Digital money is superior for climbing over the barriers separating physical, government-issued pounds, dollars, euros, dinars and shekels.
Bitcoin once had the reputation of being the preferred currency for the purveyors of the Dark Web, who were buying and selling prohibitive items without government interference. Now, cryptocurrency has acquired mainstream approval from investors and the business world in general in 2020.
The convenience and speed of cryptocurrency sets this form of currency apart from traditional, pre-digital cash.
Investors or purchasers can send Canadian dollars to Europe, have them converted into euros then have the funds deposited into the accounts of their choice instantly and anonymously at competitive exchange rates. Often, cryptocurrency investors pay only a couple of dollars or less in fees.
Bitcoin – the most familiar cryptocurrency – was invented in 2008 by an unknown person (or persons) with the anonymous name of Satoshi Nakamoto. Bitcoin entered the world markets in 2009, when this digital-based currency was released as open-source software.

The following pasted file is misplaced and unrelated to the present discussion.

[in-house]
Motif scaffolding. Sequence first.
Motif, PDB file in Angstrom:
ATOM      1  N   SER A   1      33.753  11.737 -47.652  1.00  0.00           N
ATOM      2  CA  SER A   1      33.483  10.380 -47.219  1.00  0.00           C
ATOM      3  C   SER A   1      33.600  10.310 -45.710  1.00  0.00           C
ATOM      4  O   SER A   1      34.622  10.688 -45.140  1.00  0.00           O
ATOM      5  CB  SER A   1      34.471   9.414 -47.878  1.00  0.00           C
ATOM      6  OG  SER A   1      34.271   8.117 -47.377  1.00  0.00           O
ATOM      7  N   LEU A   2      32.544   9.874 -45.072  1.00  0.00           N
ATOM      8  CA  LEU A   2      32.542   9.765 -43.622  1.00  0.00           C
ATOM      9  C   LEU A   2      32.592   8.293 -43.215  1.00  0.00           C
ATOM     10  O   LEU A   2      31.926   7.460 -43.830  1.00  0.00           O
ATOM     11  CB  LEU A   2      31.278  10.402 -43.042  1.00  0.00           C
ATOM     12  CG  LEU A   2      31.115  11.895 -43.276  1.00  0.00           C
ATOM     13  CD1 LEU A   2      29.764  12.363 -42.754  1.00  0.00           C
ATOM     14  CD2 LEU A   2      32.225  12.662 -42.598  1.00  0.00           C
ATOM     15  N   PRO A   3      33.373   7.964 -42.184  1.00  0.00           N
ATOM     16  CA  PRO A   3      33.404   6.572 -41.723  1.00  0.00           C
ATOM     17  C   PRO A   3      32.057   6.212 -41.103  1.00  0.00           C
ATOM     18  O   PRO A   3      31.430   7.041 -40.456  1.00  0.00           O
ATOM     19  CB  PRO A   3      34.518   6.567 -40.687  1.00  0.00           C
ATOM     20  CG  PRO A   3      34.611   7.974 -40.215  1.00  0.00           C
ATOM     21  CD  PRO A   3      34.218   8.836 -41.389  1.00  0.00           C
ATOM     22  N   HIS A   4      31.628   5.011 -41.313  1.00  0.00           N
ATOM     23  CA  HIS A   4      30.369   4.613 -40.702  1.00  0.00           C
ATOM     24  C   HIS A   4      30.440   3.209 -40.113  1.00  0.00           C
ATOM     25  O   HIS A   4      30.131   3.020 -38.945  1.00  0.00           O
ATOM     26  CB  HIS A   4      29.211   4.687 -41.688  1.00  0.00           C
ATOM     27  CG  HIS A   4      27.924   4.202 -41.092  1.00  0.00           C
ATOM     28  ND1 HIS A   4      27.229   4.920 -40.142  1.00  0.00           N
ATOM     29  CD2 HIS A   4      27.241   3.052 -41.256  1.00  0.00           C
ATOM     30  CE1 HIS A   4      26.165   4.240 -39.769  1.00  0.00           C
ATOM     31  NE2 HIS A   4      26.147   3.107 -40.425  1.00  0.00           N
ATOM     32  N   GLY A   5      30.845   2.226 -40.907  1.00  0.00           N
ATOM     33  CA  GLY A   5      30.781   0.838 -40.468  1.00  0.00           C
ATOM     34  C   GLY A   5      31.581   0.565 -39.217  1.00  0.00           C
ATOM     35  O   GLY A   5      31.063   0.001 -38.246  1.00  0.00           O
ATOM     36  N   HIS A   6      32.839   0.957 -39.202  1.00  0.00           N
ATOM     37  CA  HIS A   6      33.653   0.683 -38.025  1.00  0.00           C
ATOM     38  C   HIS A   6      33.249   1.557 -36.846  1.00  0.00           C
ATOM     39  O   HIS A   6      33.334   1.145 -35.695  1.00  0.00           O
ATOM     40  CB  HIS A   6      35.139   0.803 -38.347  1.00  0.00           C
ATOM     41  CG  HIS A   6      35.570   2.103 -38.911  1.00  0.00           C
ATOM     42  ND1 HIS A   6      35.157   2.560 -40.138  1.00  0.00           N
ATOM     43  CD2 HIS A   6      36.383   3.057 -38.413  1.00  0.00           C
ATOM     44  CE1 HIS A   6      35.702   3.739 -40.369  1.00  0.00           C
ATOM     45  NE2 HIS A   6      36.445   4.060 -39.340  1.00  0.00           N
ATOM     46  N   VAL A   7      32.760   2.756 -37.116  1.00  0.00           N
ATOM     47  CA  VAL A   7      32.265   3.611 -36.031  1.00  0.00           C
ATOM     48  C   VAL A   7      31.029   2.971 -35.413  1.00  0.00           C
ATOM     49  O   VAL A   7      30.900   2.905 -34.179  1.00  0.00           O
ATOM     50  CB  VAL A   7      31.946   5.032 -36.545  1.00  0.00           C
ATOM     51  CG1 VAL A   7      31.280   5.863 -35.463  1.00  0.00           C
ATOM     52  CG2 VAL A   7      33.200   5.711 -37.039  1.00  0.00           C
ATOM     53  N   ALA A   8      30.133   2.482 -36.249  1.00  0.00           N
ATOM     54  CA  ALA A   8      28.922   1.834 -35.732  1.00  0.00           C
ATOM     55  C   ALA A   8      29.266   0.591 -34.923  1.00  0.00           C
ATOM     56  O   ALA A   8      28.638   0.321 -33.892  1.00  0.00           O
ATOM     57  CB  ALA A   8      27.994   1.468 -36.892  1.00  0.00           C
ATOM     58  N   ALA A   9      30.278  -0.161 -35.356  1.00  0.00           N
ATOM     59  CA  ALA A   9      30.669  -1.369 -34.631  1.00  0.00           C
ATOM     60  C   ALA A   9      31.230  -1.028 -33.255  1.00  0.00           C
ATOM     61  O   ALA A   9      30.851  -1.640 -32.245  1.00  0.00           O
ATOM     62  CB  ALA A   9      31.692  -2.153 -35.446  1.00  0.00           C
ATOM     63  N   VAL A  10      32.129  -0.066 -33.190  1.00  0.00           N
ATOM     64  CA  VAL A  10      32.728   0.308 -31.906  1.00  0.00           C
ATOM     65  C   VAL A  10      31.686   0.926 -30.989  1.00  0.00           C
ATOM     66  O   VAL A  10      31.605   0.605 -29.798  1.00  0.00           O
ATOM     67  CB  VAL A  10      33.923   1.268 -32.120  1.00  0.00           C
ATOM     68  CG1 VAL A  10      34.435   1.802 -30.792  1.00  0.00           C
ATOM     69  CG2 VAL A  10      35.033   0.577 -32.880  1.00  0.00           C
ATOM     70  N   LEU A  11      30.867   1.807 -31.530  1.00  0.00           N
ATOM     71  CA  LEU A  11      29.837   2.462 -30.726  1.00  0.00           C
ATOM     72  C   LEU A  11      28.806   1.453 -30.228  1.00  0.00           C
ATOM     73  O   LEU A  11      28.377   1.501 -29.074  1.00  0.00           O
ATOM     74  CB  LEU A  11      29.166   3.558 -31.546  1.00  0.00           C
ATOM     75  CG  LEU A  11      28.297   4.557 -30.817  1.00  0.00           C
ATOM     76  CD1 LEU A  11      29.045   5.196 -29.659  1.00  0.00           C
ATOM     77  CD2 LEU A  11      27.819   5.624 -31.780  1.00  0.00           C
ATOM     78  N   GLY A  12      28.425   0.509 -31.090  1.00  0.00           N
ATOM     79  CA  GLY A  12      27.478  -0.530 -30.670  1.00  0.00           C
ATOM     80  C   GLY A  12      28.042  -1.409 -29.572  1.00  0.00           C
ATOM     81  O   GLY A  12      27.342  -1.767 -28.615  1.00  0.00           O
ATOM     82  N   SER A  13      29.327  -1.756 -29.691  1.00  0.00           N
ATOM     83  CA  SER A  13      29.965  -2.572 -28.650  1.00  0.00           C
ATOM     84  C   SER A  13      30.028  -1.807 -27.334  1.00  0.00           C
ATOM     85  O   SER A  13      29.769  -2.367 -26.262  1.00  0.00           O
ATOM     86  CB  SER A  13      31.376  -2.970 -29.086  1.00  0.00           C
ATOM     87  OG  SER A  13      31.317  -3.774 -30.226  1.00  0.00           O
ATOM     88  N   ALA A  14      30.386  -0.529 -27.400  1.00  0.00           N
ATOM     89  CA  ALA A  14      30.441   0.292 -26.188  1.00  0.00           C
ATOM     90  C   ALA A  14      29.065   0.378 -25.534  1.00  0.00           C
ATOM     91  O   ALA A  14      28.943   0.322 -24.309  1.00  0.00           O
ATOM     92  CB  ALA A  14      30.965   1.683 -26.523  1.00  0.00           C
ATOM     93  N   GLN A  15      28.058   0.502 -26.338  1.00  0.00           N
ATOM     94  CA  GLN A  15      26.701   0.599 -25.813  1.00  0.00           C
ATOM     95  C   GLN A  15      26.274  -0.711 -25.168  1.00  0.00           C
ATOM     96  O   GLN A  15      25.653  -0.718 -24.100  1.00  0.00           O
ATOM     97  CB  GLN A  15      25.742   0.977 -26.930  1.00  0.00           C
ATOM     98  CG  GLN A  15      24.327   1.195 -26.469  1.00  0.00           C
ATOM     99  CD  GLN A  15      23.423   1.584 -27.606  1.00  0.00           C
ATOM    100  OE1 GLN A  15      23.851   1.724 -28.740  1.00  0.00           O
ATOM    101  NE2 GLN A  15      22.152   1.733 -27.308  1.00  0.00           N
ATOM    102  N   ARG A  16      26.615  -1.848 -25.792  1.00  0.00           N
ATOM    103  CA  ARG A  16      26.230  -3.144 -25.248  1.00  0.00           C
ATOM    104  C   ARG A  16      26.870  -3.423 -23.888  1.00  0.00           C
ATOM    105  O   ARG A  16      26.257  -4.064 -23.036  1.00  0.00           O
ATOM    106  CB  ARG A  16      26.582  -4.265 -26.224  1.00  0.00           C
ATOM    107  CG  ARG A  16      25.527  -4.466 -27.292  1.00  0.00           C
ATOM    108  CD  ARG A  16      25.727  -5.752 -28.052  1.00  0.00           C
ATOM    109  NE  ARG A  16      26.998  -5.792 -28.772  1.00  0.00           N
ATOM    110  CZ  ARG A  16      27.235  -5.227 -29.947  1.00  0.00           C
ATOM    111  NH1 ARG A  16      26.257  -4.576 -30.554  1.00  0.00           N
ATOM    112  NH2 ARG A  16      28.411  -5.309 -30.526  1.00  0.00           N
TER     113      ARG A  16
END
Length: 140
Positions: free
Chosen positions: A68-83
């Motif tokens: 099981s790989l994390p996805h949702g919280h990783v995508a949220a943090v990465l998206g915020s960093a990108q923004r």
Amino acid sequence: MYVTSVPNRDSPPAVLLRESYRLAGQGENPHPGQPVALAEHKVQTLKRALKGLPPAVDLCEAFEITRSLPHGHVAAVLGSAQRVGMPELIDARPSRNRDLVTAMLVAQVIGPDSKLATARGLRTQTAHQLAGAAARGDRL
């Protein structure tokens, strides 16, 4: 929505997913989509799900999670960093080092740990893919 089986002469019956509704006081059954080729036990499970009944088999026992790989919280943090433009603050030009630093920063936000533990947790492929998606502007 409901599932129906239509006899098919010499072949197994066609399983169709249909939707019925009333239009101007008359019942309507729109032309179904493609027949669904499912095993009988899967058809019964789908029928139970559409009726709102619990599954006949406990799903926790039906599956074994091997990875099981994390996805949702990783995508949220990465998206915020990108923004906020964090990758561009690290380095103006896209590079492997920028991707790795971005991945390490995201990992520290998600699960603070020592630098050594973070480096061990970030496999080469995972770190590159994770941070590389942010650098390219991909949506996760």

Bitcoin used peer-to-peer technology. Central authorities never manage digital transactions using Bitcoin or other cryptocurrencies.
Banks and governments don’t own or control Bitcoin, since this digital currency is designated as being open-source, otherwise known as software derived from the original source code, becoming available for redistribution – sometimes featuring modifications with fees attached.
Cryptocurrency is used for quick peer-to-peer transactions and worldwide payments on a growing footing. The practicality, anonymity and low processing fees attached to Bitcoin, Ethereum and thousands of other cryptocurrencies are making them hot items on international markets.
Investors are advised to have diverse portfolios if they invest in cryptocurrencies, in case the prices of their investments crash. Bitcoin is one of the most successful digital assets, reportedly with a market capitalization of close to $180 billion as of September 2019. This cryptocurrency effectively created several millionaires since being launched in 2009.